Superdimension Neptune vs. Sega Hard Girls definitely fills my itch for uniquity, though it definitely has some issues that may make it hard for people without a strong foothold in Sega culture to really adhere to. Following two different sets of characterized Sega consoles is confusing enough, but the game's own lore does it's best to explain itself. The battle system is fun, as I've alluded to in other Neptunia game reviews, but the SP recharge and sparse powerups make you do a lot of grinding to prepare for a single boss battle. It pulls awkwardly from some rough points in gaming, namely the time rewind of Bravely Default and has mechanics similar to the Draw system of Final Fantasy 8. The narrative is fun to follow, and combat is fun for what it is. If you love Neptunia, this was probably already on your radar. If you're hardcore into Sega to the point that you already knew who the Hard Girls were, you probably had this preordered. Fans of traditional RPG's may enjoy the turn-based system that allows you to smartly use your abilities to better bring your turn around faster, but may get turned off by the unnecessary grinding just to recharge your mana. Those who love anime will like the quirky cutscenes and laugh at the stupid interactions, while those looking for deeper meanings to stories may end up rolling their eyes and fast forwarding through the lengthy cutscenes. I personally give it an overall positive review as a fun game worth digging into, but wholeheartedly admit it may not be for everyone.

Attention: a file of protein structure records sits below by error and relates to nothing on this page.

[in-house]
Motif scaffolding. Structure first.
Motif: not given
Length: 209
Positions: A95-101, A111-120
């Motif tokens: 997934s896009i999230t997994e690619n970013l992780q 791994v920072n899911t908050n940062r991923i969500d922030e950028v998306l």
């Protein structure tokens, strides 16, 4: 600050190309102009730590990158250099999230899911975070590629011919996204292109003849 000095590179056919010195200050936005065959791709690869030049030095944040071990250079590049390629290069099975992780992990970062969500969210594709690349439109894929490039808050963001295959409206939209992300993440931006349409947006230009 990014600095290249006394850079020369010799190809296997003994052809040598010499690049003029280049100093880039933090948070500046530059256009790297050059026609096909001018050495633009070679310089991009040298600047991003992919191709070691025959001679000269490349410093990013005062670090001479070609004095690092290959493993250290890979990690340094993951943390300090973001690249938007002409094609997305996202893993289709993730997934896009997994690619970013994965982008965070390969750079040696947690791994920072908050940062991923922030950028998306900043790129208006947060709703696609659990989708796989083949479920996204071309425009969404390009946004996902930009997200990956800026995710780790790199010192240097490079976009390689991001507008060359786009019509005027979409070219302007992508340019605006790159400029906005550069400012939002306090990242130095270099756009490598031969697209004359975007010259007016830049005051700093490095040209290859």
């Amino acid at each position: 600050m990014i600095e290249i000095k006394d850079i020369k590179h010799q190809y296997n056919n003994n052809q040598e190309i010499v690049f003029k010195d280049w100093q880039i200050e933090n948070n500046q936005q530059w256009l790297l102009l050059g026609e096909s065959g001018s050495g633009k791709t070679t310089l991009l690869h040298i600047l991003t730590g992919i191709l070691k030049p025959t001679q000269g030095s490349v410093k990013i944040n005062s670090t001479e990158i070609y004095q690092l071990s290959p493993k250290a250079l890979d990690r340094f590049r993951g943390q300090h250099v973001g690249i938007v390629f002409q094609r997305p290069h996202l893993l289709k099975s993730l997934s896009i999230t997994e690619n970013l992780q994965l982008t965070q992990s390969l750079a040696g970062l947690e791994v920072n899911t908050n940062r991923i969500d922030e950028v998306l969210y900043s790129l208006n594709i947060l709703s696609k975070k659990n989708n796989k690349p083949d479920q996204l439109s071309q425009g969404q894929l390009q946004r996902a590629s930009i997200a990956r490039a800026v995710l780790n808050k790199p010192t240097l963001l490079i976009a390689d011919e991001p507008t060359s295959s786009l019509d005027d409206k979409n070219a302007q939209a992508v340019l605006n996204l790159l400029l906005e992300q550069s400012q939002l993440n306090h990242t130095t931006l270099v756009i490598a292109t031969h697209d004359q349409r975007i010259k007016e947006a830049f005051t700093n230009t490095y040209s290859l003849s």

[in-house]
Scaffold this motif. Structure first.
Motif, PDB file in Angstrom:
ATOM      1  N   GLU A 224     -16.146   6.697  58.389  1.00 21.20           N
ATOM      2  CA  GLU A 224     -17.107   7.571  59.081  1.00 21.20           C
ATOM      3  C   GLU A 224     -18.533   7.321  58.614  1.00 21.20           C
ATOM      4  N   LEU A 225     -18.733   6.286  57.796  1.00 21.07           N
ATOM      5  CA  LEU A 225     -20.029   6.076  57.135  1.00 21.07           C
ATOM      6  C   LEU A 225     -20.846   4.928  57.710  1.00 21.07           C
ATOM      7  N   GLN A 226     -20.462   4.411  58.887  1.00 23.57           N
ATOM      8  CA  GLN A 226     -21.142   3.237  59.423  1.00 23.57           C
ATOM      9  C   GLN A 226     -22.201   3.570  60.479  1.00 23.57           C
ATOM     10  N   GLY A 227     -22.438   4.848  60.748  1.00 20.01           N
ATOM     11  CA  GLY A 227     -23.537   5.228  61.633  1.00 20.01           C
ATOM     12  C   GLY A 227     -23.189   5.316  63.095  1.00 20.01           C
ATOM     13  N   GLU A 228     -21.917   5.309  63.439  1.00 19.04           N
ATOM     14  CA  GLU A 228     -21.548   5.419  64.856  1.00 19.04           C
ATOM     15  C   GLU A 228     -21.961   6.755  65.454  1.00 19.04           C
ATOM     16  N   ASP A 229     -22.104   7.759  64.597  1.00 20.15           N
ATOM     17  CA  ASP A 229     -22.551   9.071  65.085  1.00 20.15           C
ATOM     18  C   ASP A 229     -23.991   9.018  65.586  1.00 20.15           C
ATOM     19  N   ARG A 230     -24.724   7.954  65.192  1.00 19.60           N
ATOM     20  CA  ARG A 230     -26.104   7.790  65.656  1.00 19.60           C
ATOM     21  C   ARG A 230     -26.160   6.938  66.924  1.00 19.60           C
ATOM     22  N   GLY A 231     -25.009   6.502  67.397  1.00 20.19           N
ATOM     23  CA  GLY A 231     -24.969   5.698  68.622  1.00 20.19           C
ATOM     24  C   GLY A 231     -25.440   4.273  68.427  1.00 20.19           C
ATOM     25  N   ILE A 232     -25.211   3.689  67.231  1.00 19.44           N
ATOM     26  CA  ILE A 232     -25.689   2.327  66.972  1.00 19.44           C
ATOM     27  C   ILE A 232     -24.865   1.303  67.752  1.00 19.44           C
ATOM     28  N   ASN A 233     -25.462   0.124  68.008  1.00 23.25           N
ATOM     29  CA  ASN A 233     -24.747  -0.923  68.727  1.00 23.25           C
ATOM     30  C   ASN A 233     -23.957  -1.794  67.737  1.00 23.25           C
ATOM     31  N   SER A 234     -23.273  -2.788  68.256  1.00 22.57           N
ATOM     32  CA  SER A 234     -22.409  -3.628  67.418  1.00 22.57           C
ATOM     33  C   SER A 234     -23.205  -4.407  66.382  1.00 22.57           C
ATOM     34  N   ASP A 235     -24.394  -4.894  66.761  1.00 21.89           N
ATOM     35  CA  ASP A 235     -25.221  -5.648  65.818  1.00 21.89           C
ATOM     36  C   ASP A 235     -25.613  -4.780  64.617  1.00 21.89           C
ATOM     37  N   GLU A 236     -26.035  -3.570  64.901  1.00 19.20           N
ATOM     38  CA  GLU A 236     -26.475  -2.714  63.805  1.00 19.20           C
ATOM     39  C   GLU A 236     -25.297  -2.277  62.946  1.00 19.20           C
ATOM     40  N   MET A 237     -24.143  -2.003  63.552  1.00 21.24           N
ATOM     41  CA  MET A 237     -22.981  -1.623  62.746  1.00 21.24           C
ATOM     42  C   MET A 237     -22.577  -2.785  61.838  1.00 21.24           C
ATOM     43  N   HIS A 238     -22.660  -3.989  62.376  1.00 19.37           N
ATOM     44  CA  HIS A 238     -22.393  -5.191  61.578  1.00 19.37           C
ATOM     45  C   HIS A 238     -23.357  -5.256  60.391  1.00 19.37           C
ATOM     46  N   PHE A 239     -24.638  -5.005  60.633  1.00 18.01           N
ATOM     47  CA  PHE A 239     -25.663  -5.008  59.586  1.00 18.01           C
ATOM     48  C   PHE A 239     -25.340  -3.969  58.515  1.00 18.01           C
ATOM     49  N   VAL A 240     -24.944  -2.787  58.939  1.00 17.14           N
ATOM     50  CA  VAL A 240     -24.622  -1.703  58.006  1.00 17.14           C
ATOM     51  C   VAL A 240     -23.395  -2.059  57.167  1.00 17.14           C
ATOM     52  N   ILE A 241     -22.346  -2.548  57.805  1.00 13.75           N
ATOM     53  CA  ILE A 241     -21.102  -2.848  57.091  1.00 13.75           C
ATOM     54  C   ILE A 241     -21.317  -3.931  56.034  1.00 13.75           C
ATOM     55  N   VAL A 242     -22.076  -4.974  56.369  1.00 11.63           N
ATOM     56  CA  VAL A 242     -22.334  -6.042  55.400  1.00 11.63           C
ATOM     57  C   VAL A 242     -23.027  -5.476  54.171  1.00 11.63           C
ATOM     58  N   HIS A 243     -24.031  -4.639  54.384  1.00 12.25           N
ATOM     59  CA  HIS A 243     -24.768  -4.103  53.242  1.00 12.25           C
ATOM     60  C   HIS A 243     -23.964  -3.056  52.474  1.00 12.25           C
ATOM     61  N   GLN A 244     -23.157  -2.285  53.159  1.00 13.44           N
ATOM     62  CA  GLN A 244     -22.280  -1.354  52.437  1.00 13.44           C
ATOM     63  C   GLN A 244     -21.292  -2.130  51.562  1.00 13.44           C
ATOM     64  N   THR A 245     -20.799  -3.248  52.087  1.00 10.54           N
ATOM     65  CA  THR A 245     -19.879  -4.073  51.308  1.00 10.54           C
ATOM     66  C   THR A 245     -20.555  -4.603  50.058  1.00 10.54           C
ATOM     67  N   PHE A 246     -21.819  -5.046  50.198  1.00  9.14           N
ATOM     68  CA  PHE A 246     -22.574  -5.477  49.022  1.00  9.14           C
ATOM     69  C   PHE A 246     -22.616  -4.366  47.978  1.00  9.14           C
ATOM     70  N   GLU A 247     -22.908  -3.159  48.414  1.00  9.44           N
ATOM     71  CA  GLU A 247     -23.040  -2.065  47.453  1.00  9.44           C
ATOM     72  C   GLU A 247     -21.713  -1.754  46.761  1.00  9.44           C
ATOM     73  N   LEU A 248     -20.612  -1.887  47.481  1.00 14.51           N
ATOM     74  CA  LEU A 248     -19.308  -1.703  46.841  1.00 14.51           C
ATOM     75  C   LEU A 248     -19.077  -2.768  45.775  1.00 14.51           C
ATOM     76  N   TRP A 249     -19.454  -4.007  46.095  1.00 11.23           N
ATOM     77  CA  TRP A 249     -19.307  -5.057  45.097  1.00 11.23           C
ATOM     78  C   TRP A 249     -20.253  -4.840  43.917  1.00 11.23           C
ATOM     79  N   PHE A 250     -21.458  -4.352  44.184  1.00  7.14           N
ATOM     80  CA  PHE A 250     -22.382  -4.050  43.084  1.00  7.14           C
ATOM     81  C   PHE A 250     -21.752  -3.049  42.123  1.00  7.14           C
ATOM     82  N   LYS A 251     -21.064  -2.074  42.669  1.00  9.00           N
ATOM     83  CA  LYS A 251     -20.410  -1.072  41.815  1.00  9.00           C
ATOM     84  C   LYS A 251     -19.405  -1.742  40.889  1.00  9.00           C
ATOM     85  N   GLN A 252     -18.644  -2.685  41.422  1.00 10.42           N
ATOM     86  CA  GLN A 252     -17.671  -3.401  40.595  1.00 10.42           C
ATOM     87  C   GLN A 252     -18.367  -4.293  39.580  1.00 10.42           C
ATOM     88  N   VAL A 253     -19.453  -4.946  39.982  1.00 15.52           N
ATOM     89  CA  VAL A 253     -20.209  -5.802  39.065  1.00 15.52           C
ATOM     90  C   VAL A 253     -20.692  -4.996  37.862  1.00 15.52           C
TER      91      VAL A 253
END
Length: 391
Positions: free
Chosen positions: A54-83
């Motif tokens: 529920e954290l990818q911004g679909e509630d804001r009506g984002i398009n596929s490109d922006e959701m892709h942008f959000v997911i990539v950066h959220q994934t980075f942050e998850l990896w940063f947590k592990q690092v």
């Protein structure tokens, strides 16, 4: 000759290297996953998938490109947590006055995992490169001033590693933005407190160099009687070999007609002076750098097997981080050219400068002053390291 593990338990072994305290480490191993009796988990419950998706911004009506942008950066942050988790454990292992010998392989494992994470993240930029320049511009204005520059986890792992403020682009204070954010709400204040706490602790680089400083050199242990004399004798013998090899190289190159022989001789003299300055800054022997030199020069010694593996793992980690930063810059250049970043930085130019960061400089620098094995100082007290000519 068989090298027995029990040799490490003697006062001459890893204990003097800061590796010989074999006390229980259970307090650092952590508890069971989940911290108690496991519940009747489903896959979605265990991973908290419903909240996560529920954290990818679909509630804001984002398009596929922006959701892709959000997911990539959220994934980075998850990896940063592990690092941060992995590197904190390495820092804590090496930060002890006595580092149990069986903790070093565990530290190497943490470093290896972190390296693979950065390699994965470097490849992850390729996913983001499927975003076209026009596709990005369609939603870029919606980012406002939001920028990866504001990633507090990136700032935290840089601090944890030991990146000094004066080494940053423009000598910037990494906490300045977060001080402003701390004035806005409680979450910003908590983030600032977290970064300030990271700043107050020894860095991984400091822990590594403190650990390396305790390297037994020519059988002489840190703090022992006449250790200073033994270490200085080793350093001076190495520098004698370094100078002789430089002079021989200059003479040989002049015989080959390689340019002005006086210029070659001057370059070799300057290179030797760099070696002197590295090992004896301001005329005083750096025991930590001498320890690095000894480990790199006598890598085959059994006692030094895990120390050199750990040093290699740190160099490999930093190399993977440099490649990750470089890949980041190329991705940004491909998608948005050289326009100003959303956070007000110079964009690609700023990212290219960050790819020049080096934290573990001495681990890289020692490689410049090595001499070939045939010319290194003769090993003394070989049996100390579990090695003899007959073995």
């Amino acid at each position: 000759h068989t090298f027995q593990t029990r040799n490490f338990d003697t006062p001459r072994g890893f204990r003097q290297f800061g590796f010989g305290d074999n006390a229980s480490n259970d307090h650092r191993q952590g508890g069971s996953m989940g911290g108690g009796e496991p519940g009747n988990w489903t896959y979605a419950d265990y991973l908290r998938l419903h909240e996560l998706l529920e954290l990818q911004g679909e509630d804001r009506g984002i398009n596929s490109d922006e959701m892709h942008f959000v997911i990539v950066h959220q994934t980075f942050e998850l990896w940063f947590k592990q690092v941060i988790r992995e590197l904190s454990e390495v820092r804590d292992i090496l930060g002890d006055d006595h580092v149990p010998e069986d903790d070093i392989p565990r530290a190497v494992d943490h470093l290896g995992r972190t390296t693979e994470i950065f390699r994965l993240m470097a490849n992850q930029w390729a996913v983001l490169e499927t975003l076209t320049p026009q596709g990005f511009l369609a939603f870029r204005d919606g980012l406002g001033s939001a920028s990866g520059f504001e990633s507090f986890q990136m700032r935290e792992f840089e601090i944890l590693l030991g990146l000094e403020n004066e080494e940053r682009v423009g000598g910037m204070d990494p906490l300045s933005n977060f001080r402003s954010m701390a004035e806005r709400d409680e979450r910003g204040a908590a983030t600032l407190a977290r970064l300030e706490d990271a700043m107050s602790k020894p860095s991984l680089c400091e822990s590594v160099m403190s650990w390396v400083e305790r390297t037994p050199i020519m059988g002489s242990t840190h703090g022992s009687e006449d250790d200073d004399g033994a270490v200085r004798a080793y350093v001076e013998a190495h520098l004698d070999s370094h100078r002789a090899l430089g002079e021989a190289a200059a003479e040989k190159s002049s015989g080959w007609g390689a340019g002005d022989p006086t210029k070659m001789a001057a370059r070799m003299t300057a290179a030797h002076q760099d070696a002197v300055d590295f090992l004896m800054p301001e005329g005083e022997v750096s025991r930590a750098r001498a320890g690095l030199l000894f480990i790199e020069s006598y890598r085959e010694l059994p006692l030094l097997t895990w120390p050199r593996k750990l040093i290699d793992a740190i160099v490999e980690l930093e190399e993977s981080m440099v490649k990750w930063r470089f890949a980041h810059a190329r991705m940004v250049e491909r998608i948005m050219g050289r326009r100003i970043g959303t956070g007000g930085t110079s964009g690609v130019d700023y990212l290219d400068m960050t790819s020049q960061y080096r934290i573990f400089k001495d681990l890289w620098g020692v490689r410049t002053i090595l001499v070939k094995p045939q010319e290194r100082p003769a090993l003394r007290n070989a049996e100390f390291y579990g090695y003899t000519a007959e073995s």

Special thanks to the developers for providing a code for review.
Final Review Score: 3.25/5